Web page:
Sara Watson joined her husband’s health insurance plan last month because, in part, she thought it would be less expensive.
The Georgia Board of Regents approved a proposal at its August meeting to impose a monthly $100 surcharge on employees whose spouses choose not to join the health insurance plan provided by their own employer. The fees, proposed by the University System of Georgia, take effect in January. About 4,800 employees may be impacted, University System officials said. Domestic partners are not covered under state health insurance plans, system officials said.
Health insurance costs for employees have more than tripled in the past two decades, according to the Kaiser Family Foundation, and employers have looked for different ways to cut those costs, such as this type of surcharge.
Watson’s husband teaches at a University System school and is exploring her options. The couple married in March. Watson declined to name her husband, who she said did not want to be interviewed.
She and some University System employees and spouses believe the changes are a wrongheaded approach to curb health care costs. They believe health insurance premium increases for all employees should cover the increase for spouses. Faculty leaders are hoping to convince the system to rethink the new fees.
“I felt like it was an attempt to punish working spouses,” said Watson, 32, who lives in Chatham County. “I feel like it’s a deterrent to get people off (the University System’s) insurance.”
University System officials said the surcharge and other cost increases are necessary to cover a 6% increase, about $47 million, in the health care budget this fiscal year, which began July 1. Officials stressed there is no cost if the spouse’s employer does not offer health insurance. The estimated savings for this change is $5.5 million, University System officials said.
“With projected increases higher this year than the past few years, the … University System Office sees this as the most equitable option to keep overall healthcare costs lower for those that do not have other employer healthcare options available to them,” officials said in a frequently asked questions for employees they shared with The Atlanta Journal-Constitution.
More businesses are exploring ways to lower costs to provide health care for employee spouses. The University System said 38% of private sector companies apply a spousal surcharge if the spouse has access to coverage through another employer. A report by the National Business Group on Health, which represents the interests of large companies on health care issues, said 33% of large employers imposed a $100 monthly surcharge this year, up from 20% in 2013.
Penn State University and the University of Southern California are among the schools with a $100 monthly surcharge for working spouses, Georgia officials noted. Purdue University in Indiana is cutting working spouses from its plans to save money, according to news accounts.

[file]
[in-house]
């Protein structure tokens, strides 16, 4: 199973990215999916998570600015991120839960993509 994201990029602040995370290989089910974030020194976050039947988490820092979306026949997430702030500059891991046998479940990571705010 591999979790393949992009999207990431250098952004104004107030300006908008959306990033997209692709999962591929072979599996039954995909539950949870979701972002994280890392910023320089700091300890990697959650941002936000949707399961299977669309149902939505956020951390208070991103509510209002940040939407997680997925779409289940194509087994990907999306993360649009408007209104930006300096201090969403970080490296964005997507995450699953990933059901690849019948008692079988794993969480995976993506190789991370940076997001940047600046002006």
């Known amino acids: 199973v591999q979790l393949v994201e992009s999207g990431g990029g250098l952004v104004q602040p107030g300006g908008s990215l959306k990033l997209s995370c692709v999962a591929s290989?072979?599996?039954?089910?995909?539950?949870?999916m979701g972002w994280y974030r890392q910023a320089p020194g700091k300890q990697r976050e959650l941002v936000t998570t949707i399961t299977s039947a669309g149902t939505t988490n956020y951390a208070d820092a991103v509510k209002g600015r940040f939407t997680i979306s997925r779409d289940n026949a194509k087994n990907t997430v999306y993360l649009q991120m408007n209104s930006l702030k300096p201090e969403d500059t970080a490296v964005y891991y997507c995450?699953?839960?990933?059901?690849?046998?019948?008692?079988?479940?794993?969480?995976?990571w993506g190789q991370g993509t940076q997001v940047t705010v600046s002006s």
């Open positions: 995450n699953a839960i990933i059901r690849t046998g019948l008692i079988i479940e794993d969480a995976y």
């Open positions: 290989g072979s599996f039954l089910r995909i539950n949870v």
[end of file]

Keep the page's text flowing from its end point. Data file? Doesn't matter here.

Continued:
Matthew Rae, associate director for Kaiser’s Program on the Health Care Marketplace, wondered how effective such changes are in reducing employer costs and what impact it has on spouses. The average American worker paid more than $5,500 in 2018 toward their employer health care plan, about 58% more than they did a decade ago, Kaiser’s research shows.
“$1,200 a year is a significant chunk of money” for many families, Rae said.
Clayton State University professor Mark Watson, unrelated to Sara, said the change is a burden for employees at smaller University System schools. The average salary in 2018 for a tenured Clayton State professor was slightly above $87,000, about 50% less than for all tenured system professors, state data shows.
“Our salaries are not that high, so these types of changes hit us harder.”
Clayton State has about 7,000 students. Twelve of the 26 system schools had larger enrollments last fall.
If they decide not to pay the fees and use their own company insurance, some spouses may have to change their doctors for chronic problems if the physician they used under the system’s plan isn’t in their employer’s plan, said Mark Watson, a member of the University System’s faculty council. At its October meeting, the faculty council plans to discuss the matter and brainstorm how to convince the system to make changes.
University of North Georgia professor John O’Sullivan is worried about the surcharge for several reasons.
“Will ‘does your spouse work and get health insurance’ become a new litmus test for employment in the first place?” asked O’Sullivan, who teaches environmental studies and sociology.
Meanwhile, Sara Watson said she and her husband are unsure what they’ll do about the impending increase. They’ll likely pay the surcharge, she said, by cutting back on some discretionary spending. Sara Watson said she took a pay cut at her current job because she likes the work.
“I guess we’ll look at our budget and take it from elsewhere,” she said. “I know I can’t not have it.”
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